Placing pitons doesn't make sense to me. They protect the first ascensionist and those who follow for a few years, perhaps decades, but they damage the rock as much or more than bolts and degrade over time until they are eventually useless.

 

Trad protection is viewed by some as morally superior to bolts when cracks or other protectable features are available. To a large extent I agree. On certain cliffs, however, including the Mile High buttress, cracks are mainly found behind blocks in varying states of attachment to the wall. A lead fall on a cam places far more outward force on a block than one can generate with a hammer or short crowbar, so blocks that seem safe during route development could be levered off the wall and injure or kill the climber and/or belayer and/or cut the team’s rope if a cam is placed behind them. Experienced leaders may spot such hazards and avoid them, but not everyone is that savvy.

 

Mile High Club has a few sections that could be protected by removable gear by an experienced leader. Other sections that look like protectable cracks are behind blocks of varying size that couldn’t be easily pried off using a hammer but might explode off the wall if a leader placed a cam behind them and fell on it. We could have developed a mixed route with mostly bolts and a few trad placements. I advocated that if the vast majority of the route was going to need bolts to be safely climbed AND an inexperienced leader with a trad rack might place cams in spots that would endanger themselves and others, as noted above, then bolting the whole thing would be the best way to go. That’s what we did. If you don’t like the bolts don’t clip them.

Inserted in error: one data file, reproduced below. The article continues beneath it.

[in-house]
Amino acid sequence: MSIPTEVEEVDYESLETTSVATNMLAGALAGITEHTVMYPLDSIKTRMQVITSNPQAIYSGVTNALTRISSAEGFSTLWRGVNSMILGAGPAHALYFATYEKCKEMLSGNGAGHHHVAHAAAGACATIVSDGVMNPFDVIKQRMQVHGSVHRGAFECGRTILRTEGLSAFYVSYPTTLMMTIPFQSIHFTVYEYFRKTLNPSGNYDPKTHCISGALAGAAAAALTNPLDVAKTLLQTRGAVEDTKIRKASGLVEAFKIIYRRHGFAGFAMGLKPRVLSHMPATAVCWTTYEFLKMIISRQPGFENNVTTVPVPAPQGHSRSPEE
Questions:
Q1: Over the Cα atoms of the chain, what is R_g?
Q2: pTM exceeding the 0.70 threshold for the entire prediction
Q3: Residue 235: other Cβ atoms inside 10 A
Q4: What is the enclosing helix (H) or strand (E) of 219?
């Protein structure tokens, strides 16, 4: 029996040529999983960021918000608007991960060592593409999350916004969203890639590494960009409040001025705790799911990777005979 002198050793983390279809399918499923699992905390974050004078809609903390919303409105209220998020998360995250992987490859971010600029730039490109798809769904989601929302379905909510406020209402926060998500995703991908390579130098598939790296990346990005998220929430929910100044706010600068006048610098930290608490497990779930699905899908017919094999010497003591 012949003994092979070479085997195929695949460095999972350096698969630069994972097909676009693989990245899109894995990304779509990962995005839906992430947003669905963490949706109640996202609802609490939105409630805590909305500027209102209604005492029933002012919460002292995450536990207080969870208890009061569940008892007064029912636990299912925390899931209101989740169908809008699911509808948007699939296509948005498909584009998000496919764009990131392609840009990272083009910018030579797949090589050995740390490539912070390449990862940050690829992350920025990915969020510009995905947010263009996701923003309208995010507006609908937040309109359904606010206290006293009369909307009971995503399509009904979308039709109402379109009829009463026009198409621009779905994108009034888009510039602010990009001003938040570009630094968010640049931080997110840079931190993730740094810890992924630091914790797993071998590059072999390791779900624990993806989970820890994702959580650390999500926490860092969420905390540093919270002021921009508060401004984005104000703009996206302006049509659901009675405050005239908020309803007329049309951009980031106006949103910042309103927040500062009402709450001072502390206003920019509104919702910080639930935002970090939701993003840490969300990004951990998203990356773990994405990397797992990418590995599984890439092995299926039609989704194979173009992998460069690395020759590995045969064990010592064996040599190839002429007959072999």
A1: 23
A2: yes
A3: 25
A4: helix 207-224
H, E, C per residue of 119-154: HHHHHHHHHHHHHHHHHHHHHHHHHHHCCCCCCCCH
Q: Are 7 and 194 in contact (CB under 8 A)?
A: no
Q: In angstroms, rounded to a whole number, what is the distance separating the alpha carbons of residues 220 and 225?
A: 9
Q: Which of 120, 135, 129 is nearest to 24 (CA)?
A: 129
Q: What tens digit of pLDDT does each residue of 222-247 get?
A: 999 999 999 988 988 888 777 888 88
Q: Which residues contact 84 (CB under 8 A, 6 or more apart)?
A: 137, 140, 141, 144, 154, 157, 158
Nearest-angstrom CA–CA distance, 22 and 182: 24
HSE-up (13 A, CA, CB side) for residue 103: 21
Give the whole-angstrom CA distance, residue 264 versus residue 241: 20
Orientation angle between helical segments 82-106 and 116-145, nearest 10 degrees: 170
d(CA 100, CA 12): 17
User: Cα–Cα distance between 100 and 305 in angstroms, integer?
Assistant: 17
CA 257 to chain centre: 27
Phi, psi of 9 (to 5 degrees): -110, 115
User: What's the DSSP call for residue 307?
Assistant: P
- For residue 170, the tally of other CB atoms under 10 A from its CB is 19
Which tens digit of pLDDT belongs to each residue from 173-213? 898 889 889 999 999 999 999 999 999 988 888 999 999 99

My goals for Mile High Club were:

#1 – Develop an outstanding route that follows the best quality climbing to the Mile High Summit.

#2 – Make the route safe for climbers who follow us, including those who are new to alpine climbing.

#3 – Open a route that people will climb and enjoy for decades to come.

 

Mile High Club has seen about ten repeats in the past ten days. Feedback from those who’ve climbed the route has been positive (feel free to PM constructive criticism). If you don’t want to climb a bolted alpine route that could attract fledgling mountain rock climbers I suggest you go climb Fire on the Mountain on Sloan that Blake and I put up in 2009. It’s an amazing 5.10+ trad ground-up alpine rock route to an outstanding peak. You’re very unlikely to have to wait in line because it’s only seen a handful of ascents in the past 6 years. Why? Perhaps because it’s a 5.10+ trad alpine rock route several hours away from a trailhead that’s not super close.